CHICAGO – Like the awesome Engine Who Could, the mighty Nothing Without a Company stage crafters have constructed another triumph at their new home in Berger Mansion on Chicago’s north side. “The Kid Thing” – written by Sarah Gubbins – is a terse, convincing and emotional play about fear, identity and breeding, and it is performed by its cast of five with utter authenticity. The show has a Thursday-Sunday run at the Berger North Mansion through April 15th, 2017. Click here for more details, including ticket information.
As Comedy, ‘Table 19’ Only Serves Hor d’Oeuvres
CHICAGO – “Table 19” is an example of a movie that doesn’t try to do too much. It simply takes its little idea and lets it play out, without the forced subplots and desperate stabs of fake urgency so many studio comedies resort to – it’s one part aimless hang out comedy, one part rom-com. It is an amusing-if-forgettable 87 minutes with a group of funny people who get more laughs than they probably should have from such thin material.
“Table 19” centers on a wedding reception in Michigan. Some of the guests at this reception are seated at that number 19 table, which is next to the bathroom, as far away from the wedding party as you possibly can get, and are the ones with only the most distant of connections to the bride and groom. As the movie itself puts it, this is the table for the people who should have known enough to have replied “no” to the invitation.
The Wedding Guests of ‘Table 19’
Photo credit: Fox Searchlight
There’s the childhood nanny of the bride (June Squibb), a distant cousin (Stephen Merchant) – recently released from prison for crimes unknown – a bickering couple who owns a diner (Craig Robinson and Lisa Kudrow), and the son of a recently deceased family friend (Tony Revoli). They’re joined by the former maid of honor (Anna Kendrick) who was deposed from her spot when the best man and brother of the bride (Wyatt Russell) broke up with her. Each of these characters come complete with their own sets of quirks.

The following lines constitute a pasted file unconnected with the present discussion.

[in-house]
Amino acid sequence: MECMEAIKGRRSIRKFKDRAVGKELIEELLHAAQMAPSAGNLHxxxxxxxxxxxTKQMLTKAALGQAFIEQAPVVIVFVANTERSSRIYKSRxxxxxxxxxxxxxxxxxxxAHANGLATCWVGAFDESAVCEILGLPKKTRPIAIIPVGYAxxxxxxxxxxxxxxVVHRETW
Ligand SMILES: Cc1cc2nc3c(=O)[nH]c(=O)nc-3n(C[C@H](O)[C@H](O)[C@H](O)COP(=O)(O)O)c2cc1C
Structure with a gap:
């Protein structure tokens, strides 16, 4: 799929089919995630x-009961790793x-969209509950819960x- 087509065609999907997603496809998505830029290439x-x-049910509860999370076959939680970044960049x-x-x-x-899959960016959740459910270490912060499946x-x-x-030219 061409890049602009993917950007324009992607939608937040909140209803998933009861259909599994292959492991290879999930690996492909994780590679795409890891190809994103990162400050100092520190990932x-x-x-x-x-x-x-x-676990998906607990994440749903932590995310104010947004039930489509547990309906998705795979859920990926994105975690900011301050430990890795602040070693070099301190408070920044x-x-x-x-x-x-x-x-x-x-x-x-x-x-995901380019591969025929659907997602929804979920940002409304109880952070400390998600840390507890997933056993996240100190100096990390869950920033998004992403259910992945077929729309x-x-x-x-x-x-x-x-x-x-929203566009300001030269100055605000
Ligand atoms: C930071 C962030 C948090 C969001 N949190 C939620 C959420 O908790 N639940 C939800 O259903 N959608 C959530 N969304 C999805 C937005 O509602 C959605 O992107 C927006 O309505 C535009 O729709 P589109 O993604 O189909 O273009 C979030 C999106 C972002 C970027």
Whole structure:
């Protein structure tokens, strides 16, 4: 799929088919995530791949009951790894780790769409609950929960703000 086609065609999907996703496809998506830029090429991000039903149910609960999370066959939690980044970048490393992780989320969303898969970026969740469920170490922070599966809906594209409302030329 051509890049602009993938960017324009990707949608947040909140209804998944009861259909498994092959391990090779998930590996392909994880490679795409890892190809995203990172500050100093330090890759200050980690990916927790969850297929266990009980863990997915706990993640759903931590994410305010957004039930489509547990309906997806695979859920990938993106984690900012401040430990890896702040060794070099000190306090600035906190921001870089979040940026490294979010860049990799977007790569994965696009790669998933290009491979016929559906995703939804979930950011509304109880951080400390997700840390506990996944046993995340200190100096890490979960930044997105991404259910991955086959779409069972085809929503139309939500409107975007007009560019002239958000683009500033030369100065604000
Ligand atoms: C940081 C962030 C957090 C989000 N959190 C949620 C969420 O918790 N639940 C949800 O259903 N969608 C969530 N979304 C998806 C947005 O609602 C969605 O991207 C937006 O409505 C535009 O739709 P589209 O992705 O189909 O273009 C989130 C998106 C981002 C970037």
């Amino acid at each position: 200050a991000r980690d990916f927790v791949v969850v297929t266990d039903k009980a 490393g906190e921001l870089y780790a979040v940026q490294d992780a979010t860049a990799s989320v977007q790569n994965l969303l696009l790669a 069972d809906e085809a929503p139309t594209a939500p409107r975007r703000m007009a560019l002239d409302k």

The movie allows its idea and performers to breathe as it moseys towards its conclusion. There’s a pot smoking scene, a wedding band playing a steady succession of dance-ready 1980’s hits, and even a wedding crasher. And I’m not sure if we’re supposed to take the stereotypical rom com ending seriously, complete with a run to a departing ferry boat.
The film’s biggest laughs come from the performers operating outside the main storyline – some of these oddballs work better than others. British comedian Stephen Merchant, in particular, has a field day with his exceedingly awkward alien-like attempts to fit in and make chit chat. The sight of his lanky frame loping about in a pair of pants and a coat far too short for him made me laugh, or at least smile in amusement. Anna Kendrick is okay as well, doing her perfectly serviceable Type A personality character without really adding any new spins. While Lisa Kudrow and Craig Robinson are both funny people, their bored bickering is not one of the film’s strong points.
Lisa Kudrow and Craig Robinson in ‘Table 19’
Photo credit: Fox Searchlight
But even at its worst, “Table 19” doesn’t really offend because it’s too slight to get worked up about – it’s not trying to do anything more than just provide a few mild chuckles for its audience. I don’t know if I’d say you should go out to the theater for this one. Instead, this movie seems ready made for a day of scrolling through Netflix.